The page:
Research Bench Lab

Microbiology & Immunology

John Kirby, PhD

John R. Kirby, PhD

Chair, Microbiology & Immunology; Walter Schroeder Professor in Microbiology and Immunology; Associate Director, Microbiome, Genomic Sciences and Precision Medicine Center; Associate Director, Center for Microbiome Research


  • Microbiology & Immunology
    BSB B2140

Contact Information

General Interests

Bacterial Signal Transduction, Microbial Communities, Predator-Prey Dynamics, Xenobiotic Disruption of Microbiomes


PhD, Biochemistry, University of Illinois Urbana-Champaign, 1998

Research Experience

  • Bacteria
  • Biofilms
  • Chemotaxis
  • Computational Biology
  • Gastrointestinal Microbiome
  • Microbial Interactions
  • Microbiota
  • Signal Transduction
  • Xenobiotics

Methodologies and Techniques

  • Cloning, Molecular
  • DNA, Bacterial
  • Fecal Microbiota Transplantation
  • Gene Expression Regulation, Bacterial
  • Genome, Bacterial
  • Microbial Interactions
  • Molecular Sequence Data
  • Sequence Alignment
  • Sequence Analysis, DNA

Leadership Positions

  • Associate Director, Center for Microbiome Research
  • Associate Director, Microbiome, Genomic Sciences and Precision Medicine Center
  • Chair, Department of Microbiology & Immunology
  • Member, Finance Committee, Board of Trustees

Educational Expertise

  • Bacterial Physiological Phenomena
  • Microbiology
  • Microbiota

Research Interests

Our major areas of investigation focus on signal transduction in diverse bacteria ranging from soil dwelling spore formers, Bacillus subtilis and Myxococcus xanthus, to biofilm forming pathogens, to microbial communities in the gut.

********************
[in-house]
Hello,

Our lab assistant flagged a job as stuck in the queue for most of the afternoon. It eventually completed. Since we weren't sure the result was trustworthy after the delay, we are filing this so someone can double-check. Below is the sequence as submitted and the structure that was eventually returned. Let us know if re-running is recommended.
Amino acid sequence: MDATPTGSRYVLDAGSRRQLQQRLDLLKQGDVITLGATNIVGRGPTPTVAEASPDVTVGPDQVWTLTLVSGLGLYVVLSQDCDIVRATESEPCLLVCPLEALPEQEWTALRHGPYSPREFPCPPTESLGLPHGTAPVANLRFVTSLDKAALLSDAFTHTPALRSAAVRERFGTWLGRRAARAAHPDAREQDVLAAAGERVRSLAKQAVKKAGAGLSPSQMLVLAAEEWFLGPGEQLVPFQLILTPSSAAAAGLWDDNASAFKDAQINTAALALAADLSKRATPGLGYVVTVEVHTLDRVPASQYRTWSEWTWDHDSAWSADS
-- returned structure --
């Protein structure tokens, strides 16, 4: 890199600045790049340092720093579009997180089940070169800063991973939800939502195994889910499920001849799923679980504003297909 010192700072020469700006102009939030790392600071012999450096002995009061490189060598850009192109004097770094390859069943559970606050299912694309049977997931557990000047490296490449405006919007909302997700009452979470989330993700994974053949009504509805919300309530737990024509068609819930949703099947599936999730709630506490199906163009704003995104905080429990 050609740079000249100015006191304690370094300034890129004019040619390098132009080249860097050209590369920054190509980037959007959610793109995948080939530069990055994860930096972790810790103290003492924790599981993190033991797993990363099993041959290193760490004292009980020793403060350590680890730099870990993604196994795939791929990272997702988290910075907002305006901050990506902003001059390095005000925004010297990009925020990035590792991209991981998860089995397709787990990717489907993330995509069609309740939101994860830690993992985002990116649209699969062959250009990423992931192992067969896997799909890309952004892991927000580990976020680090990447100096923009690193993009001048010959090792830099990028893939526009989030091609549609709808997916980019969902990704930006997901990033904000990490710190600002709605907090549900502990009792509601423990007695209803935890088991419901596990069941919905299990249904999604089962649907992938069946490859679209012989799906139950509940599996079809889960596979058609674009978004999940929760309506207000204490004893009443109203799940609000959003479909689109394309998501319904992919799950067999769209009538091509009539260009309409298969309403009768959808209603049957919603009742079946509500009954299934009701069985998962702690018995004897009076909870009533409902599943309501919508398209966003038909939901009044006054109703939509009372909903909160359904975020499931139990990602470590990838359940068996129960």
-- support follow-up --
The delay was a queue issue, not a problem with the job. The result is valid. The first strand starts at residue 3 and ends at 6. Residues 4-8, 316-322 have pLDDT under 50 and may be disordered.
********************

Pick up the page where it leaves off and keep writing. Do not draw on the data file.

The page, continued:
We are taking a systems biology approach to characterize a family of two-component system homologs for their role during biofilm formation and predation by M. xanthus. Our primary area of interest aims to decipher cross-regulation between highly similar pairs of NtrB-NtrC homologs for their control of motility and development in M. xanthus.

In addition, we are actively investigating interactions between M. xanthus and B. subtilis as a model for predator-prey interactions in vivo. Our primary goal here is to assess the role of production of secondary metabolites on both sides of the predator-prey equation.

Finally, we have also been examining the role of xenobiotics for their capacity to disrupt the gut microbiota with deleterious consequences on metabolism. Currently, we utilize the Illumina platform to obtain 16s rDNA sequence information and analyze those data using QIIME (Quantitative Insights Into Microbial Ecology) open source software. We are employing the use of total calorimetry to assess metabolic defects in mice following perturbation with xenobiotics.

For all projects, we are working with collaborators to generate mathematical models to describe how small molecules can elicit shifts in microbial populations.